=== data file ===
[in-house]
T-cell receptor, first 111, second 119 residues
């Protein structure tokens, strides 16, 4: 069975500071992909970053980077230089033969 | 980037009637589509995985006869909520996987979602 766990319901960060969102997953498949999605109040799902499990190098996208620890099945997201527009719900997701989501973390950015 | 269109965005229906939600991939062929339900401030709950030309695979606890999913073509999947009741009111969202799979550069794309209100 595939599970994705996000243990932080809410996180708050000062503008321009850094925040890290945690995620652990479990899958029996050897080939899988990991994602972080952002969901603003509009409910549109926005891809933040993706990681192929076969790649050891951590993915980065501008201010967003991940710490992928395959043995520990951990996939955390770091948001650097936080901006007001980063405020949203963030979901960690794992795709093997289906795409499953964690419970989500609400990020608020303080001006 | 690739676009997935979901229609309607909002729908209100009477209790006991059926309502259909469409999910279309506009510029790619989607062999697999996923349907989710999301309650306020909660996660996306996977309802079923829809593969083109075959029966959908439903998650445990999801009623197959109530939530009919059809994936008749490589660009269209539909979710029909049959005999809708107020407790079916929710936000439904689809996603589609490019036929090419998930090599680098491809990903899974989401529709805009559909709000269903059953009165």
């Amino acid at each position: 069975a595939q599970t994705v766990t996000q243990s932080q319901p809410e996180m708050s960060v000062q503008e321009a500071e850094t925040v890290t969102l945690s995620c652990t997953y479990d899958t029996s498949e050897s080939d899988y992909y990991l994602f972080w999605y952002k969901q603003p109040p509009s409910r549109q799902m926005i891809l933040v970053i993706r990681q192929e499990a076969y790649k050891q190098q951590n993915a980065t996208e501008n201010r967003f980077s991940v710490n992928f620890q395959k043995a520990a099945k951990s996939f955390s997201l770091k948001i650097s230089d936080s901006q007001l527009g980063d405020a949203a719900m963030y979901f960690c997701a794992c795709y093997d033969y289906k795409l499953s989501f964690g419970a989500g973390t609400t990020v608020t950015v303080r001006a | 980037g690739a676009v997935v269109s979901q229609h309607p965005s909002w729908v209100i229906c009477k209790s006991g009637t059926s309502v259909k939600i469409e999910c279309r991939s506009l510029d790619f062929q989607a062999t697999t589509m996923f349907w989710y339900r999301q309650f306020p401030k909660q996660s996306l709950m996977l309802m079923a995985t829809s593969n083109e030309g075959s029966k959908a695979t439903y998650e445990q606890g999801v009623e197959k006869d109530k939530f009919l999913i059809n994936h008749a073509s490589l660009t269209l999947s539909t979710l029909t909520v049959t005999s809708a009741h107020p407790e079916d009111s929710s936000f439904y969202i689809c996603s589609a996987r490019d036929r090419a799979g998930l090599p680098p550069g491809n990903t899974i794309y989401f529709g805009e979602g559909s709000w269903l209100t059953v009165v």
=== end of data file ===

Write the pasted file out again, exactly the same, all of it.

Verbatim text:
[in-house]
T-cell receptor, first 111, second 119 residues
């Protein structure tokens, strides 16, 4: 069975500071992909970053980077230089033969 | 980037009637589509995985006869909520996987979602 766990319901960060969102997953498949999605109040799902499990190098996208620890099945997201527009719900997701989501973390950015 | 269109965005229906939600991939062929339900401030709950030309695979606890999913073509999947009741009111969202799979550069794309209100 595939599970994705996000243990932080809410996180708050000062503008321009850094925040890290945690995620652990479990899958029996050897080939899988990991994602972080952002969901603003509009409910549109926005891809933040993706990681192929076969790649050891951590993915980065501008201010967003991940710490992928395959043995520990951990996939955390770091948001650097936080901006007001980063405020949203963030979901960690794992795709093997289906795409499953964690419970989500609400990020608020303080001006 | 690739676009997935979901229609309607909002729908209100009477209790006991059926309502259909469409999910279309506009510029790619989607062999697999996923349907989710999301309650306020909660996660996306996977309802079923829809593969083109075959029966959908439903998650445990999801009623197959109530939530009919059809994936008749490589660009269209539909979710029909049959005999809708107020407790079916929710936000439904689809996603589609490019036929090419998930090599680098491809990903899974989401529709805009559909709000269903059953009165």
């Amino acid at each position: 069975a595939q599970t994705v766990t996000q243990s932080q319901p809410e996180m708050s960060v000062q503008e321009a500071e850094t925040v890290t969102l945690s995620c652990t997953y479990d899958t029996s498949e050897s080939d899988y992909y990991l994602f972080w999605y952002k969901q603003p109040p509009s409910r549109q799902m926005i891809l933040v970053i993706r990681q192929e499990a076969y790649k050891q190098q951590n993915a980065t996208e501008n201010r967003f980077s991940v710490n992928f620890q395959k043995a520990a099945k951990s996939f955390s997201l770091k948001i650097s230089d936080s901006q007001l527009g980063d405020a949203a719900m963030y979901f960690c997701a794992c795709y093997d033969y289906k795409l499953s989501f964690g419970a989500g973390t609400t990020v608020t950015v303080r001006a | 980037g690739a676009v997935v269109s979901q229609h309607p965005s909002w729908v209100i229906c009477k209790s006991g009637t059926s309502v259909k939600i469409e999910c279309r991939s506009l510029d790619f062929q989607a062999t697999t589509m996923f349907w989710y339900r999301q309650f306020p401030k909660q996660s996306l709950m996977l309802m079923a995985t829809s593969n083109e030309g075959s029966k959908a695979t439903y998650e445990q606890g999801v009623e197959k006869d109530k939530f009919l999913i059809n994936h008749a073509s490589l660009t269209l999947s539909t979710l029909t909520v049959t005999s809708a009741h107020p407790e079916d009111s929710s936000f439904y969202i689809c996603s589609a996987r490019d036929r090419a799979g998930l090599p680098p550069g491809n990903t899974i794309y989401f529709g805009e979602g559909s709000w269903l209100t059953v009165v």